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One of the most important parts of potato cultivation is the hilling of the plant. Once your potato plants start to grow, you’ll have to hill your plant. In this post we will discuss the process of hilling and why it is so important for growing potatoes.
What is Hilling:
The main edible part of a potato plant is the tubers. The tubers are formed along little stems or stolons from a potato plant that is buried underground. So, no matter how you grow a potato plant you should cover the plant stem periodically with soil or other organic materials. This process is known as hilling of potatoes.
The soil will encourage the plant to grow deep and wide and allows new tuber formation. The more you hill the plant the more potatoes you will have.
Is Potato Hilling Necessary:
Your potato plants will still grow even if you don’t hill them. But If you don’t mound potatoes, you will probably end up with green and bitter potato tubers. This is because potatoes when get exposed to sunlight turn green.
Why You Should Hill Your Potatoes:
Hilling your potatoes, has many benefits for your developing crop, like:
- Higher yield
- Prevents toxicity.
- Kills weeds.
- Prevent the soil from getting too hot.
- Gives stability to the plant
Just preparing good healthy soil for your potatoes is not enough for a higher yield. As the potato tubers are formed in underground stems or stolons, By increasing the total number of stolons that are buried you are increasing the opportunity for the plant to grow more tubers. So generally, The more you hill the more potatoes you get.
Hilling Prevents Toxicity in Potato Plants:
When a potato plant starts forming tubers, it starts at the soil level. If they remain uncovered they will come in contact with the sunlight and will develop green skin. This can cause the tubers to taste bitter and can also be toxic.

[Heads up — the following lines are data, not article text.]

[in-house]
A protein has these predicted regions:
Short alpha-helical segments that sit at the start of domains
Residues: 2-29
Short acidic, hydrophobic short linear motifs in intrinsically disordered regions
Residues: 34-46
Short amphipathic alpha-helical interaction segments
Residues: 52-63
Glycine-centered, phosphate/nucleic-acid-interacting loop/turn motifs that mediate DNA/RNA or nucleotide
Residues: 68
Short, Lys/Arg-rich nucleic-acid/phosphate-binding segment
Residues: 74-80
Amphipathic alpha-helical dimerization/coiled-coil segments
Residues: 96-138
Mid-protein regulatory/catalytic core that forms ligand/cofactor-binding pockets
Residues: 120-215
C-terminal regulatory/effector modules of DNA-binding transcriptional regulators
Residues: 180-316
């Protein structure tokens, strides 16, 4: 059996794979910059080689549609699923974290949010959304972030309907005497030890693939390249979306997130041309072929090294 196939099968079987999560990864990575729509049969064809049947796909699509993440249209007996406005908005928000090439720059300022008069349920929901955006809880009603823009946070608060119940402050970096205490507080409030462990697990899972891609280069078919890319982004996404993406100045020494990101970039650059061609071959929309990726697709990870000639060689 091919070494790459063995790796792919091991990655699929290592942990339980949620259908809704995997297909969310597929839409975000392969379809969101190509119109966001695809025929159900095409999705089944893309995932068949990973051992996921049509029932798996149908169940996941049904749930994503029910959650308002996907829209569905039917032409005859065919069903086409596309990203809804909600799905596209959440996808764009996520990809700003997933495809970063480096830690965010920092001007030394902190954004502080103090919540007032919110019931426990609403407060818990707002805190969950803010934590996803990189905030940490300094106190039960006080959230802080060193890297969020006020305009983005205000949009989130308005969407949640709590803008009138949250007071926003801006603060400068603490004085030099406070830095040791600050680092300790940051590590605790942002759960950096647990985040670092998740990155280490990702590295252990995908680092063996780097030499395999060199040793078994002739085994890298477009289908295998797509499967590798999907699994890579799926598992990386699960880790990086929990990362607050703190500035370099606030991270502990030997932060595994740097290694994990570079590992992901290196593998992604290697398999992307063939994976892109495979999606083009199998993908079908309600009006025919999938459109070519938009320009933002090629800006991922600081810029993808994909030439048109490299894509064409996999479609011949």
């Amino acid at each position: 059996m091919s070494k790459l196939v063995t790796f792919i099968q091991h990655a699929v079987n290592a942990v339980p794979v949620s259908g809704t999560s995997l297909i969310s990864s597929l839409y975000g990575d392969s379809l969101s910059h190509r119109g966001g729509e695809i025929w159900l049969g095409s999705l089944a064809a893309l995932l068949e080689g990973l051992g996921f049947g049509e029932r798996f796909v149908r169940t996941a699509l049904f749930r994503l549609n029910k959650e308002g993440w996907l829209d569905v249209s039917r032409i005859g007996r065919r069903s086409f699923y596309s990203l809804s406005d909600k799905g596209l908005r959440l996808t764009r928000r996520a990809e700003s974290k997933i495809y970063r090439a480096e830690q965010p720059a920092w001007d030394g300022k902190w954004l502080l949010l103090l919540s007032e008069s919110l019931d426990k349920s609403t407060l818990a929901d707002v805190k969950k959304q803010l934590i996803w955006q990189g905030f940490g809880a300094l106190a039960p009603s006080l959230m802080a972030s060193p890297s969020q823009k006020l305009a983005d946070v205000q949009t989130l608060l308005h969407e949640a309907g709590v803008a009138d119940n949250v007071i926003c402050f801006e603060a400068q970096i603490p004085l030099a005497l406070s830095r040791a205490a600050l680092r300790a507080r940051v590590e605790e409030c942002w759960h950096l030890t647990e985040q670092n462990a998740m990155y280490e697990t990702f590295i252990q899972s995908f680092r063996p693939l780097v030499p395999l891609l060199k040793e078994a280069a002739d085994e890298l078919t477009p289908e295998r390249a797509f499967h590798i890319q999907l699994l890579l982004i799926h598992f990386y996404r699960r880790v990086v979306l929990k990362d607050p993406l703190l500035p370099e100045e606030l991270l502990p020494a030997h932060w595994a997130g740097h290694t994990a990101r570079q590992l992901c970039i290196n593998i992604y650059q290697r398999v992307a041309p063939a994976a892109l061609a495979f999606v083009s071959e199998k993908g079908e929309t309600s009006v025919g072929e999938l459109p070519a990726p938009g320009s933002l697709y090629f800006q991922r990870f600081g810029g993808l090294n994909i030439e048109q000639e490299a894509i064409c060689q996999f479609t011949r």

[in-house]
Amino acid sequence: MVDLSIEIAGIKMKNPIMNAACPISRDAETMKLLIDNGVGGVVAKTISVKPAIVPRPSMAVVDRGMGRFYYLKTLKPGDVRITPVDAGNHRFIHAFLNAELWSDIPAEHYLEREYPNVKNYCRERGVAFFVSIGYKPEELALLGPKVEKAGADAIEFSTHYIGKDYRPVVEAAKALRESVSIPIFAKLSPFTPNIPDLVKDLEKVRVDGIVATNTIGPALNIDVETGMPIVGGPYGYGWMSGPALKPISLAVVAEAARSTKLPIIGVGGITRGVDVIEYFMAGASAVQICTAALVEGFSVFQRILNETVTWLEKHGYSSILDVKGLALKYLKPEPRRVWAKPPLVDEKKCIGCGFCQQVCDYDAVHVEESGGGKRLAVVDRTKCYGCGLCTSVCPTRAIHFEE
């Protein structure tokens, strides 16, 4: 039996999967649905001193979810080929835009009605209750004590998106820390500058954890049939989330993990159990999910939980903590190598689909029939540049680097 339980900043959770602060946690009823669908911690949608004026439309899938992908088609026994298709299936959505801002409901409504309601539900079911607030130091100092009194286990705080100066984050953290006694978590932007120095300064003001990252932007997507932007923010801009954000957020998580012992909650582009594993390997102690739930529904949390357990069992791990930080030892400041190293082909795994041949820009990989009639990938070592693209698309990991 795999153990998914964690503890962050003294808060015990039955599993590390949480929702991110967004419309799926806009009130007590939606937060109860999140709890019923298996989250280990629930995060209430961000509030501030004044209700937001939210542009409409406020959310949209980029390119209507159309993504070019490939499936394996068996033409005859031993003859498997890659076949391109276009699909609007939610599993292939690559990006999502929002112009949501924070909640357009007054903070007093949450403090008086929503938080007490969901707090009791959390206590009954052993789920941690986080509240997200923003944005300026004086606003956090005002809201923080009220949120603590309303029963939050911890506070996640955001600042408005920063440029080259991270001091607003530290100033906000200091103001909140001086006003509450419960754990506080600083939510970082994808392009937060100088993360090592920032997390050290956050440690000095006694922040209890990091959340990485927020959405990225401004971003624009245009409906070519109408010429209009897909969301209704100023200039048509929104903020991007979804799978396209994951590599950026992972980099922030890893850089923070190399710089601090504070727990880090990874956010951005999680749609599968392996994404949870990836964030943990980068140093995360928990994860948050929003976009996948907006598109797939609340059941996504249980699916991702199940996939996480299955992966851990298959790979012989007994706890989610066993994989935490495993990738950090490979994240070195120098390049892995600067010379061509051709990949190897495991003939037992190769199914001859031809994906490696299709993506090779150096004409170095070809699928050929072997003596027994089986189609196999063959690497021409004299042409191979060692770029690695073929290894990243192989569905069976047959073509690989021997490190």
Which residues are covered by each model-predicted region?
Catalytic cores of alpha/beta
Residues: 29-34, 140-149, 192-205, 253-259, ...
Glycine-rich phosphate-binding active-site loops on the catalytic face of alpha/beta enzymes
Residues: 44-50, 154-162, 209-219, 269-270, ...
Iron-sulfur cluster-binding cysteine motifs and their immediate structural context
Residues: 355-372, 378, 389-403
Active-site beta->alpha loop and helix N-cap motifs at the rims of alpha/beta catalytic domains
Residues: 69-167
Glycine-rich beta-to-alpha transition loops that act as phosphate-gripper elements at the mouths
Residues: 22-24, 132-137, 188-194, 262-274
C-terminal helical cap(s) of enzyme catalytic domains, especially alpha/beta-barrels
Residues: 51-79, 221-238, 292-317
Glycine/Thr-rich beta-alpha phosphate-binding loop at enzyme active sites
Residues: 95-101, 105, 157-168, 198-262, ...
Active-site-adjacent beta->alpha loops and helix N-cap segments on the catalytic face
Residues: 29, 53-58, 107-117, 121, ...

So hilling the plant prevents the tubers from getting toxic. Depth and darkness also improve the flavor of potatoes.
Hilling also suppresses weeds and gives your potato plants the opportunity to grow without any competition. The plants won’t thrive if they’re competing with other weeds in the area.
Maintaining The Soil Temperature:
This is very important if you live in warmer climates. Hot soil can prevent a potato plant from developing tubers rapidly. So by hilling your potatoes especially with organic materials like straw, you’re actually insulating the soil and keeping it as cool as possible. This will result in a bigger better potato yield.
Provides Stability As Plants Grow Taller :
When you hill up your potatoes constantly you also give your plants support. This way, you won’t have to use stakes or cages to keep them from falling over. it will prevent your potato plants from falling over.
When to Hill Potatoes:
Once the potato vines reach a height of about 6 to 8 inches above the soil surface, you need to start hilling your potatoes.
Things you Can Use To Hill Your Potatoes:
You can use soil, grass clippings, or weed-free straw to hill your potatoes. Whatever you choose, bring them up over the plants so that only about the top 2 to 6 inches of vines are exposed.
This forces new potatoes to grow under the new mound of soil. When the potato vines again reach 6 to 8 inches above the soil surface, repeat the hilling process.
Do these hilling ups every two to three weeks to ensure you get the best potatoes possible during the harvest.
How to Hill Up Your Potatoes:
Dig a trench down the middle of a potato bed, it will give you the soil to hill the potatoes. A metal rack or a garden hoe will be very useful to do this job. Cover the soil and that place where your potato tubers are developing, in a way that only the top leaves stick out of the ground.
When you heal your potatoes take some mulch or dirt and bring it up against the potato plant and create a ridge. This way your potatoes will develop in that loose soil while the out layer will remain firm.
If you found mounding soil is too much labor for you can also use wood chips, hay, or weed-free straw to do the job.
When to Stop Hilling Up Your Potatoes:
You can hill potatoes till the ridge reaches your desired height. In most cases, a height of 30 cm is enough for getting a good harvest. Repeating the process a total of 2 to 3 times should be enough to reach that height.
But remember, natural factors like rain or wind can erode the hills. This may increase the total number of times you need to mound the plant. So rather than keeping them exposed, you can use wire mesh to hold up and prevent erosion.
It generally takes 100 to 120 days after planting for potatoes to mature. You can reduce the total time by using sprouted potatoes in planting.
For more information see other related posts on potato growing.
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